Those who created The Tethered eventually abandoned them once they figured out they were, more or less, useless because of this soul sharing business. What we learned at the beginning of the movie is there are literally thousands of miles of unused tunnels underneath the U.S., many of which don't have a known purpose. As we come to understand, their purpose was to house these creations. Without leadership, they were left to their own, horrific devices beneath the surface for years. But Red was special. Smart. Different. She organized an uprising, which took years to plan. We come to find out that Red became the leader of The Tethered, following her fateful meeting with Adelaide all those years ago, which also explains why Red is so special (more on that in a moment).
This leads to an epic confrontation between Adelaide and Red, who fight it out until the bitter end in another stunning sequence. Eventually, Red meets her end, in particularly brutal fashion. Jason is saved. They return to the surface world and reunite with Gabe and Zora. All seems well. Ish. But looks can be deceiving.
The real shocker here is that we come to find out, in those 15 minutes that Adelaide disappeared from her family years ago, a lot happened. Red, or who we thought was Red, switched places with Adelaide, leaving her trapped in the world below to live amongst The Tethered. That's why Adelaide, who was actually Red, was so different upon her return and couldn't talk. It's also why Adelaide, who we thought was Red (confusing, yes), was able to assert herself as a leader of The Tethered. Additionally, it explains why Red was the only one who could talk, because she was actually a normal, human girl before all of this happened. It also explains her extreme bitterness and lack of ability to accept her situation. She was a normal girl with a relatively normal life before that fateful day.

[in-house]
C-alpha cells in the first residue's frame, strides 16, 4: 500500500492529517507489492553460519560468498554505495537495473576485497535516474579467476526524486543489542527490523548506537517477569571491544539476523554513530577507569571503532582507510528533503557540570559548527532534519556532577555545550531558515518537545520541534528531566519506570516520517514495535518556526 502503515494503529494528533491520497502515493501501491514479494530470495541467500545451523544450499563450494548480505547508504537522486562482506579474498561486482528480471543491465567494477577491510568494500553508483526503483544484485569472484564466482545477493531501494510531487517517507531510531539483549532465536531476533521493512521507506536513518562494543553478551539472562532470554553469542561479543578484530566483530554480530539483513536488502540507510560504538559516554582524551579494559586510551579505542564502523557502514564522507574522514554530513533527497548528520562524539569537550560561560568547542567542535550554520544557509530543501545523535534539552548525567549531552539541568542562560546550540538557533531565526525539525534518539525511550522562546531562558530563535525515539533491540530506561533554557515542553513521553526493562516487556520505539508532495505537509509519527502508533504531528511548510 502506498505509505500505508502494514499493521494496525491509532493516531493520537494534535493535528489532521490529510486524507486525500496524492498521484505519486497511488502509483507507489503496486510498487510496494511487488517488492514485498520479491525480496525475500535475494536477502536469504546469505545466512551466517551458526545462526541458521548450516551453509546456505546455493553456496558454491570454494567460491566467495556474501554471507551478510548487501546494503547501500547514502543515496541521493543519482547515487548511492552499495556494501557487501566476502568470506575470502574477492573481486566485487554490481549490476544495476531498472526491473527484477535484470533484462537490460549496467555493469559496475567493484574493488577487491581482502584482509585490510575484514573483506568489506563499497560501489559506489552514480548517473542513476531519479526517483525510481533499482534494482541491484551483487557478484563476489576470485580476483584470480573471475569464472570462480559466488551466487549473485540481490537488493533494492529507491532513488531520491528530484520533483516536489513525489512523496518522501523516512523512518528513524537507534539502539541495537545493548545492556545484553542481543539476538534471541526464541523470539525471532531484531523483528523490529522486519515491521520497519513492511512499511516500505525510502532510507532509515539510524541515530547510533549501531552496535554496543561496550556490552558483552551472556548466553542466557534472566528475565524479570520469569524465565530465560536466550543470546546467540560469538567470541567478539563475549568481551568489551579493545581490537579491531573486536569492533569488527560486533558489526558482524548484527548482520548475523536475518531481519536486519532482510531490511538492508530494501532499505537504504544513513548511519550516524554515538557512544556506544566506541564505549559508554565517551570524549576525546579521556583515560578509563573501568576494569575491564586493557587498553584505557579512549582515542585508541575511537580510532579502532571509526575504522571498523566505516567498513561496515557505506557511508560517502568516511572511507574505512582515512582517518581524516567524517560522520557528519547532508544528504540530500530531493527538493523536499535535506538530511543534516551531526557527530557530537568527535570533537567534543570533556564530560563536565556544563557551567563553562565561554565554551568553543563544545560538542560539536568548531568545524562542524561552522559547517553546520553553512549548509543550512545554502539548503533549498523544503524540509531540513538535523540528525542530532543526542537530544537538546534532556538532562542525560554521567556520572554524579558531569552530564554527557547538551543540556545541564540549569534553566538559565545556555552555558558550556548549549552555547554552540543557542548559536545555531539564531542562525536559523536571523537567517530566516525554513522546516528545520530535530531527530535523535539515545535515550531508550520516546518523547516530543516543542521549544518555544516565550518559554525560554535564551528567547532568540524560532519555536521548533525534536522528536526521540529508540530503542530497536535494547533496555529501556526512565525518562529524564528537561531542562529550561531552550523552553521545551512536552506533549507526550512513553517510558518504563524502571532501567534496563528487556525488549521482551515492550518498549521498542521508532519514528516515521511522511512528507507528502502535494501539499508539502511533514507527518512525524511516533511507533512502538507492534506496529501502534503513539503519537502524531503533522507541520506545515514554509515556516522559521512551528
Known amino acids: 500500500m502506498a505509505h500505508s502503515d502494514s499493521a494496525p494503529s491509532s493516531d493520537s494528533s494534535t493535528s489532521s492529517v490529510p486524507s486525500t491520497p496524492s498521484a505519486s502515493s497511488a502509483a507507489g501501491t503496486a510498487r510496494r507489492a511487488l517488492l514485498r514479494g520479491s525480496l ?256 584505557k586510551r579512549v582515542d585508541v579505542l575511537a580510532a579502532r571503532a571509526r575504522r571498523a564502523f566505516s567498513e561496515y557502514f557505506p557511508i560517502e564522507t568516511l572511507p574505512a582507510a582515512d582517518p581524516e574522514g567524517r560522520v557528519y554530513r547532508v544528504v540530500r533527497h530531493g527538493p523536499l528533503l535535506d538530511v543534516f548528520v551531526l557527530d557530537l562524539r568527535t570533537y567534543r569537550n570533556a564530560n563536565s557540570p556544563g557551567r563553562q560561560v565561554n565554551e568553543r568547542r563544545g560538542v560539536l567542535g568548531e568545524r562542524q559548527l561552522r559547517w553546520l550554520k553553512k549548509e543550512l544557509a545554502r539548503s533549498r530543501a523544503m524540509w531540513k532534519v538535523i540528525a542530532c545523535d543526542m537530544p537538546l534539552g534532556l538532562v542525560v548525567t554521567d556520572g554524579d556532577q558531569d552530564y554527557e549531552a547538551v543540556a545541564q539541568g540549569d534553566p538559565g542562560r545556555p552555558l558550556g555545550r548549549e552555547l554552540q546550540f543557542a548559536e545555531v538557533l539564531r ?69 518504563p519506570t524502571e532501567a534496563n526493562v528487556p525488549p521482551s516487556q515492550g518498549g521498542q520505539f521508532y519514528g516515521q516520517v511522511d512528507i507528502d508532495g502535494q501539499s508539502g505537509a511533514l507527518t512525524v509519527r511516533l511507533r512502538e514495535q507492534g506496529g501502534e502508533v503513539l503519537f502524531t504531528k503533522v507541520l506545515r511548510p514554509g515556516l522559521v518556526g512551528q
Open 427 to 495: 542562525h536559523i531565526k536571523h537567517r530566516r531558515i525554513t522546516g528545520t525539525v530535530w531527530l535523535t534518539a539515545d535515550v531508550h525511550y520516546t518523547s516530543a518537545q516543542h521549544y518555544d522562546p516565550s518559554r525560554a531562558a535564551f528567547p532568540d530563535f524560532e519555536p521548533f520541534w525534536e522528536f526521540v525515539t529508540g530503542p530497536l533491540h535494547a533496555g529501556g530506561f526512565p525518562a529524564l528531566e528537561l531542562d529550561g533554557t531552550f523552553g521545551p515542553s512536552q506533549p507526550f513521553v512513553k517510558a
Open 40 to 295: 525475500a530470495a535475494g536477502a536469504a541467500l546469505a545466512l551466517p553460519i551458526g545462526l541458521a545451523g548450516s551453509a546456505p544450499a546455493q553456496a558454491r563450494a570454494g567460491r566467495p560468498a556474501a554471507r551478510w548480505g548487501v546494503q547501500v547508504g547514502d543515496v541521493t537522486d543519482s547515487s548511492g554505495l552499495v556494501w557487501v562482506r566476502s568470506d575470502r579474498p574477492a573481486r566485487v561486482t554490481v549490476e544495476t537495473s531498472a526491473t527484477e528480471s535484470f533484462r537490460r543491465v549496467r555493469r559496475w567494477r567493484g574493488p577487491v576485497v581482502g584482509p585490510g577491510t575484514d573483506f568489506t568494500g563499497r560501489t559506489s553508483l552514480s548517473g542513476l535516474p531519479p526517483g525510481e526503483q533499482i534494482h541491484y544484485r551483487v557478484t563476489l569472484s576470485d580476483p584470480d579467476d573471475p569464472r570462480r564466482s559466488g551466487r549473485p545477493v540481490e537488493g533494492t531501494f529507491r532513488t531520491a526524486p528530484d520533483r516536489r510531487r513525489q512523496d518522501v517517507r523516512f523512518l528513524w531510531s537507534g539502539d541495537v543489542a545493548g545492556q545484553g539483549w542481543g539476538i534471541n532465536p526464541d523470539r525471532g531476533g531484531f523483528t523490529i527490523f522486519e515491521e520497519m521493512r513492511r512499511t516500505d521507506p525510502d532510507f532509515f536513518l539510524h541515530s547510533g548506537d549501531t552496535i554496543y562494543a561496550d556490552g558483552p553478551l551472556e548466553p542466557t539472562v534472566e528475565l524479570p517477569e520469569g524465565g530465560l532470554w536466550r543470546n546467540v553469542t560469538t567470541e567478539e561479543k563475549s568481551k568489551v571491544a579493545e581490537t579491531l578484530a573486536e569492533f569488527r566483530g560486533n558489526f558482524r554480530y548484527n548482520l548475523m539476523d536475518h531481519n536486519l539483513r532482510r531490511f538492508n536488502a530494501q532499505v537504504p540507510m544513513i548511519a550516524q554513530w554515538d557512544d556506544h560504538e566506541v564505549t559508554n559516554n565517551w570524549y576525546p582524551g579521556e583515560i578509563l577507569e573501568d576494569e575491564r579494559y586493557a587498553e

So, what we're left with is a scenario where someone who was originally one of The Tethered survives the ordeal with her family, and a poor girl who got lost as a child was killed after leading a bloody uprising the likes of which the world has never seen. The final shot reveals thousands and thousands of The Tethered linking hands across the landscape, mimicking Hands Across America and showcasing the shocking death toll. We're left to question, what happens to them now?
As for the Hands Across America significance? At the base level, it was one of the last things Adelaide saw before being swapped with Red, so she would naturally use it as a touchstone for this bloody uprising. We also don't really know whether or not The Tethered were just located in Santa Cruz, or if they were spread all across the country. That's a lingering question, to be certain. It does leave things open ended, just enough, to possibly leave room for a sequel down the line. There are enough questions to answer that could fuel a sequel story, but is that something Jordan Peele would actually want to do?
For his part, Jordan Peele has expressed his openness for a Get Out sequel, so why not Us? Undoubtedly, Peele would have a lot to say about it himself. And he'll surely talk about it in the coming months. Again, we could talk about this for hours and for an exhaustive number of words that would venture into the thousands but, for now, that's what happened. Us is in theaters now from Universal Pictures.